It is a long-established principle that courts must presume the constitutionality of ordinances.   See Foster & Kleiser, Div. of Metromedia, Inc. v. Springfield Twp. Bd. of Zoning Appeals (Feb. 12, 1986), Summit App. No. 12272, unreported, 1986 WL 2215.   The burden is on the party challenging the ordinance to prove beyond a reasonable doubt that the ordinance and the Constitution are clearly incompatible.   Rocky River v. State Emp. Relations Bd. (1989), 43 Ohio St.3d 1, 10, 539 N.E.2d 103, 111.   It is not incumbent upon the municipality to affirmatively establish the public interest motivating the enactment, Akron v. Miller (Aug. 27, 1981), Summit App. No. 10170, unreported, 1981 WL 4127, and a reviewing court will not pass upon the wisdom of the ordinance unless there is a clear and palpable abuse of power.  Akron v. Rasdan (1995), 105 Ohio App.3d 164, 171, 663 N.E.2d 947, 951-952, citing Arnold v. Cleveland (1993), 67 Ohio St.3d 35, 48, 616 N.E.2d 163, 172-173.

Once again, due to the absence of a transcript or statement of the evidence on appeal, we can only consider the constitutionality of this ordinance on its face, rather than its specific application to Rowe.

Rowe cites Rasdan, supra, for his contention that an ordinance may be found unconstitutional on its face if it prohibits so much innocent activity that there is no rational connection to the public welfare.  Id., 105 Ohio App.3d at 174, 663 N.E.2d at 953-954.   In that case, an Akron city ordinance prohibited all persons from carrying on or about them any knife having a blade at least two and one-half inches in length.  Id. at 168, 663 N.E.2d at 950.   This court reasoned that that ordinance encompassed within its scope of criminal liability so much innocent activity, e.g. carving, hunting, fishing, camping, and scouting, that it was not rationally connected to the protection of the public and was, therefore, facially unconstitutional.  Id. at 173-174, 663 N.E.2d at 953-954.

 The distinction between that case and this one is clear.   The ordinance Rowe contests does not prohibit anyone from installing an operable burglar alarm on his premises.   The ordinance merely requires that a permit be obtained for such a system.   The magistrate found that the obtainment of this permit required a one-time charge of $25.   Unlike the restriction in Rasdan, this restriction does not so unreasonably prohibit innocent activity that it cannot be rationally related to the public welfare.

 As previously stated, in reviewing the validity of any ordinance this court has a duty to avoid an unconstitutional construction if at all reasonably possible.   In this case, Rowe has demonstrated no abuse of power on the part of the city.   We perceive nothing on the face of Elyria's ordinance to suggest that it is unreasonable, arbitrary, capricious or discriminatory.   Rowe has not demonstrated that it is in any way clearly incompatible with the Constitution.   Rowe has  failed, therefore, to carry his heavy burden of proof beyond a reasonable doubt.   His second assignment of error is overruled.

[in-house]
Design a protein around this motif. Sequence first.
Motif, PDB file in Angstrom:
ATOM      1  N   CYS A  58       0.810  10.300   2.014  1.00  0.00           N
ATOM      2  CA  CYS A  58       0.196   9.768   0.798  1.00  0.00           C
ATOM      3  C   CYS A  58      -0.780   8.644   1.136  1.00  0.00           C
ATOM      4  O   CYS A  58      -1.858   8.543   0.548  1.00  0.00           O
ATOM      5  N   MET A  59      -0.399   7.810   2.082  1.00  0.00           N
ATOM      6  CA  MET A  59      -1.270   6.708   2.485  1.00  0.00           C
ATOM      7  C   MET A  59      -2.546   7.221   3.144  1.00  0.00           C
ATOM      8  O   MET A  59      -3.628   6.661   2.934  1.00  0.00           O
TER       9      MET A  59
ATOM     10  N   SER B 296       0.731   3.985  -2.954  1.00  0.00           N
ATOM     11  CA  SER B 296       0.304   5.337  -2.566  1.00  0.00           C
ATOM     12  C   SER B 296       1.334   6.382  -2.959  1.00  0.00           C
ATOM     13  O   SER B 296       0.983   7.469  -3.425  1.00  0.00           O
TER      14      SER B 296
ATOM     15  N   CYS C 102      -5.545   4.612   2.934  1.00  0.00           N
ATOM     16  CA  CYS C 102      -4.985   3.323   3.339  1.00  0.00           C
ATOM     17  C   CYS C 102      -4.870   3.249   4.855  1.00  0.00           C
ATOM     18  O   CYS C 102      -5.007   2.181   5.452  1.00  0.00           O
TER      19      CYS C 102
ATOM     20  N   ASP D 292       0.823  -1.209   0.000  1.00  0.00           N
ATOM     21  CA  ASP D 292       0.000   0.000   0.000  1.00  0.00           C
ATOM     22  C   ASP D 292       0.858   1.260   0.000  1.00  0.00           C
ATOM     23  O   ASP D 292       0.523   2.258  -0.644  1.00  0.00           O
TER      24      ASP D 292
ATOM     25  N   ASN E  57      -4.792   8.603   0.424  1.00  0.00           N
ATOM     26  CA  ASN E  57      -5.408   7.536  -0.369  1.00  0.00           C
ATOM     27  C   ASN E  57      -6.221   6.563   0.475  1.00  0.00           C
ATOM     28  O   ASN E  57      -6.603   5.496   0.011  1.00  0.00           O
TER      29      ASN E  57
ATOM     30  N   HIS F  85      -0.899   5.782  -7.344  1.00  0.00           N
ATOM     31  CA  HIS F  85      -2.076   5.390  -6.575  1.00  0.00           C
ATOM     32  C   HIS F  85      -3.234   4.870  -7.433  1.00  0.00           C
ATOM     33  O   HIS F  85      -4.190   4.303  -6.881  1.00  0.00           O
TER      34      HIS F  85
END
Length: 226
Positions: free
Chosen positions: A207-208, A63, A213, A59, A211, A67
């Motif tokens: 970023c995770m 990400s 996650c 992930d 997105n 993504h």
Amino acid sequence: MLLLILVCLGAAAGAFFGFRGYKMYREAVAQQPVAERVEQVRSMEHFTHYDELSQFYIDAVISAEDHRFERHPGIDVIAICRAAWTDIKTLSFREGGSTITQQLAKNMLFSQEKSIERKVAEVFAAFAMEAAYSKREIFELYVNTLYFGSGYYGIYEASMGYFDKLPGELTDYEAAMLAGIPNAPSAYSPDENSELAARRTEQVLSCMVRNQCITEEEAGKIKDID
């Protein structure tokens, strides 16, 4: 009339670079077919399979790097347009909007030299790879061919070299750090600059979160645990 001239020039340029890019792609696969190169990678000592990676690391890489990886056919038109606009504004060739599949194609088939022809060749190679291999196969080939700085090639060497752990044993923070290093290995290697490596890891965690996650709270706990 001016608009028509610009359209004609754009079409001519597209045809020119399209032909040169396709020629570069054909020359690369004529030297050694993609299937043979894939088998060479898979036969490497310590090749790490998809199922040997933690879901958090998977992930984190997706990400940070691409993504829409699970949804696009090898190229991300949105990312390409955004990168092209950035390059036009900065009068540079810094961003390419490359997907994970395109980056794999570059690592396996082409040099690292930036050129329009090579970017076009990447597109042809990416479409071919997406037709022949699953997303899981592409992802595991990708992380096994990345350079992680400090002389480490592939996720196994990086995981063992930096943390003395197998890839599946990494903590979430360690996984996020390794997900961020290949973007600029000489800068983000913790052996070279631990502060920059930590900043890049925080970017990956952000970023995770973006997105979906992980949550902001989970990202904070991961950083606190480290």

“III. The judgment should be reversed because of double jeopardy.”

 The prohibition against double jeopardy was designed, in part, to protect an individual from suffering multiple punishments for the same offense.   See United States v. Halper (1989), 490 U.S. 435, 440, 109 S.Ct. 1892, 1897, 104 L.Ed.2d 487, 496.   For double jeopardy to operate as a bar to punishment, then, it is essential to show that there was some previous attempt to punish the same individual for the same action.   See State v. Edmunds (Jan. 17, 1996), Summit App. No. 17249, unreported, 1996 WL 15851, affirmed In re Administrative License Suspension Cases (1996), 76 Ohio St.3d 597, 598, 669 N.E.2d 1114, 1114-1115.

 In the original action against Rowe, the city filed a civil complaint.   In the current case, the city filed a criminal complaint.   Assuming, arguendo, that double jeopardy even could apply in such a circumstance, the purpose of the former action was an attempt to win reimbursement for the cost of responding to false alarms at Rowe's business address.   Such an action presumably would have been brought regardless of whether Rowe had a proper alarm permit.   The action in the case at bar was filed against Rowe for failure to have the required alarm permit.   Again, this cause was actionable whether or not the city ever responded to a false alarm on Rowe's premises.   While the two proceedings involved the same parties and the same burglar alarm, they arose out of entirely different and unrelated violations of the city ordinance.   Under the circumstances, there is no merit to Rowe's double jeopardy argument.   His third assignment of error must also be overruled.

Judgment affirmed.


DICKINSON, P.J., and BAIRD, J., concur.

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Docket No: No. 96CA006444.

Decided: June 04, 1997

Court: Court of Appeals of Ohio,Ninth District, Lorain County.